Spinal muscular atrophy (SMA) refers to a group of autosomal recessive motor neuron diseases that are caused by apoptosis of lower motor neurons. Patients typically present during infancy or early childhood with progressive weakness, hypotonia, muscle atrophy, hyporeflexia/areflexia, and varying degrees of bulbar weakness. The severity of disease is related to the age of onset; type 1 SMA (Werdnig-Hoffman disease) is associated with death within the first two years of life as a result of respiratory muscle paralysis or aspiration pneumonia. With other types of SMA, children usually survive to adulthood, but motor milestones may be delayed and joint contractures and/or deformities of the spine can occur. The diagnosis is confirmed by genetic testing. In 2016, the FDA approved the use of nusinersen, which is highly effective in halting the progression of SMA; in 2019, onasemnogene abeparvovec, a potentially curative genetic therapy, was approved. Supportive therapy is aimed at preventing respiratory and orthopedic complications.
Epidemiological data refers to the US, unless otherwise specified.
- Autosomal recessive: defect in the SMN1 gene; on chromosome 5q → defect in the assembly of small nuclear ribonucleoprotein (snRNP) to form the SMN complex → apoptosis of lower motor neurons (especially the anterior horn cells in the spinal cord) in the later stages of fetal development and postnatal period
- Congenital motor neuron disease that only involves the lower motor neurons (spinal ± bulbar motor neurons) → muscle weakness, hypotonia, bulbar symptom
- Sensations are not affected
- Motor neurons of cranial nerves III, IV, and VI, and sacral motor neurons are not affected → preserved eye movement and continence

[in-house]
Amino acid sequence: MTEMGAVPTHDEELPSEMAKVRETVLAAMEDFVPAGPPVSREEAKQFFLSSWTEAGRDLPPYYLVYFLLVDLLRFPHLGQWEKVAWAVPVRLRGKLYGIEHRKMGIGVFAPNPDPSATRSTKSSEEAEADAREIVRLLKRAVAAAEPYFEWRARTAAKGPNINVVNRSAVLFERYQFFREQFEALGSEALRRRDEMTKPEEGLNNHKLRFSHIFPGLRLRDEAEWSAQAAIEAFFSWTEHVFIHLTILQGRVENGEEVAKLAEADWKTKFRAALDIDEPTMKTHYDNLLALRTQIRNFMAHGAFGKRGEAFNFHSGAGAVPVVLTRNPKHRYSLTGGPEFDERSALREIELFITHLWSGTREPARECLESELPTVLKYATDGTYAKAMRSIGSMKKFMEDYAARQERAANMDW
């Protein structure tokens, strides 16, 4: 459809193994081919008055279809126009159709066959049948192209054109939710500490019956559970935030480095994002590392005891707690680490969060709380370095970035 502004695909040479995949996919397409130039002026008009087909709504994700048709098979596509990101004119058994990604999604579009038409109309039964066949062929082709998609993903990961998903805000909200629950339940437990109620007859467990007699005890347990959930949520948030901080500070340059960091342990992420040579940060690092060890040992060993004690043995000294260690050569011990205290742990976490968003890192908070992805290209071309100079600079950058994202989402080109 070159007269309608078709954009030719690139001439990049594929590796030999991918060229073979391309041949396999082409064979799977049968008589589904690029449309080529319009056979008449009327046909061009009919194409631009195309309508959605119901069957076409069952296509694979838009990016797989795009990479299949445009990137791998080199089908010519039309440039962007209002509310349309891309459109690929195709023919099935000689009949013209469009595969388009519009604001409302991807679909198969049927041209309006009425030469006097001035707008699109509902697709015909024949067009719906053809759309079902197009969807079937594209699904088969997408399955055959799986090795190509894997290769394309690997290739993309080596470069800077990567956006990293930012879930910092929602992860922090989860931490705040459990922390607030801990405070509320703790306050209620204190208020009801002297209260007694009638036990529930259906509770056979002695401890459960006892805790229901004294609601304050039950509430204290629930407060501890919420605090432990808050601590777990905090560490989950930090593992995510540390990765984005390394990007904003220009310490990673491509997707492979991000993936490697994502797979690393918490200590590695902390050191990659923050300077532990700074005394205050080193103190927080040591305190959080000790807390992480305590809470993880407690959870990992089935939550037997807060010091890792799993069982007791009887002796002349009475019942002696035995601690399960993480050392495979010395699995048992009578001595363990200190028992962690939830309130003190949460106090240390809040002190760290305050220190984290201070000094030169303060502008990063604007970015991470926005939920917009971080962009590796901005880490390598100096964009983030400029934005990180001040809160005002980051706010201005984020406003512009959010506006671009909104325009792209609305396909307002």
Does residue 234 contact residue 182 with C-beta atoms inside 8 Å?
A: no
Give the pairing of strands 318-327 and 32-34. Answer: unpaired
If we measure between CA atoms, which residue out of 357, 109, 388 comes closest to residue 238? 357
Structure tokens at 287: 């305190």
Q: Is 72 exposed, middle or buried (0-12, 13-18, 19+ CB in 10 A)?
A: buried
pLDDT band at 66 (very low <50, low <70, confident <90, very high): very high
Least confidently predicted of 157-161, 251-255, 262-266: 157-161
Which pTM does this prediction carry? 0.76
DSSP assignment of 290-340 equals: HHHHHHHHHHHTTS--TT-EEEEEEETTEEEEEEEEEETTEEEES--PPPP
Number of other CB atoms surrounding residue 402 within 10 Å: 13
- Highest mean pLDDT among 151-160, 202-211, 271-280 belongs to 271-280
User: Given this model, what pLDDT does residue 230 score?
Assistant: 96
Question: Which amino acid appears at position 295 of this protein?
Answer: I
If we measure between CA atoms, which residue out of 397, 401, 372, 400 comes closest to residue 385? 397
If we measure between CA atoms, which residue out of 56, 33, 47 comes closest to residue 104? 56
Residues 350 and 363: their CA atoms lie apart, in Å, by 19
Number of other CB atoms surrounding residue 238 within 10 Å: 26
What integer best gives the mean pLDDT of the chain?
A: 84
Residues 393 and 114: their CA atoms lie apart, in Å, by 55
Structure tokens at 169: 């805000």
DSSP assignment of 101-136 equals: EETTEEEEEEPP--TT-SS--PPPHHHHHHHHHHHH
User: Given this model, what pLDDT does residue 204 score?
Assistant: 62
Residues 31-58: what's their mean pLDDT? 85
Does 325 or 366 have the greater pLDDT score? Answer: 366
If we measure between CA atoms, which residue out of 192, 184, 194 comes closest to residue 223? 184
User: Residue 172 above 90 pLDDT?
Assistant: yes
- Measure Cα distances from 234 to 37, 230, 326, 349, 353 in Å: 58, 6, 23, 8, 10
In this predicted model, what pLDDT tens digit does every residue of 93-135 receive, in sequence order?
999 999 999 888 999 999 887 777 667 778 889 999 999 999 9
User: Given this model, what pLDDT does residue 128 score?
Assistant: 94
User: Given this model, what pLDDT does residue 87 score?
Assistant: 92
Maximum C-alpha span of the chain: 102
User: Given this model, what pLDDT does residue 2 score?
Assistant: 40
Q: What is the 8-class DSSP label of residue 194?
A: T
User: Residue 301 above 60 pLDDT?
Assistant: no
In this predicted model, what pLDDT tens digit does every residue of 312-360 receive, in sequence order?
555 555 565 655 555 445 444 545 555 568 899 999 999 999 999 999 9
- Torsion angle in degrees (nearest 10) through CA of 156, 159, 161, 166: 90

|Type of SMA||Type I (Werdnig-Hoffman disease)||Type II||Type III (Kugelberg-Welander disease)||Type IV (adult SMA)|
|Frequency|| || || || |
|Severity|| || || || |
|Age of onset|| || || || |
|Typical features|| |
|Motor milestones|| || || |
|Prognosis|| || || |
The older the age of onset, the better the prognosis!
Type I → non-sitters, type II → sitters, type III → walkers
Definitive therapy 
- Onasemnogene abeparvovec
- Supportive therapy
- Genetic testing: best initial and confirmatory test
- Further tests
- Certain viral infections (polio, coxsackievirus, echovirus, West Nile virus): much more acute onset of flaccid paralysis, ascending paralysis (i.e., starts distally)
- Hypotonic cerebral palsy : non-progressive weakness
- Muscular dystrophies : ↑↑ creatine kinase, characteristic findings on muscle biopsy
- Rare juvenile form of amyotrophic lateral sclerosis: predominantly bulbar weakness with minimal involvement of anterior horn cells
- Motor neuron degeneration: associated with severe arthrogryposis
- Progressive muscular atrophy: a nonhereditary, adult-onset, progressive lower motor neuron disorder
The differential diagnoses listed here are not exhaustive.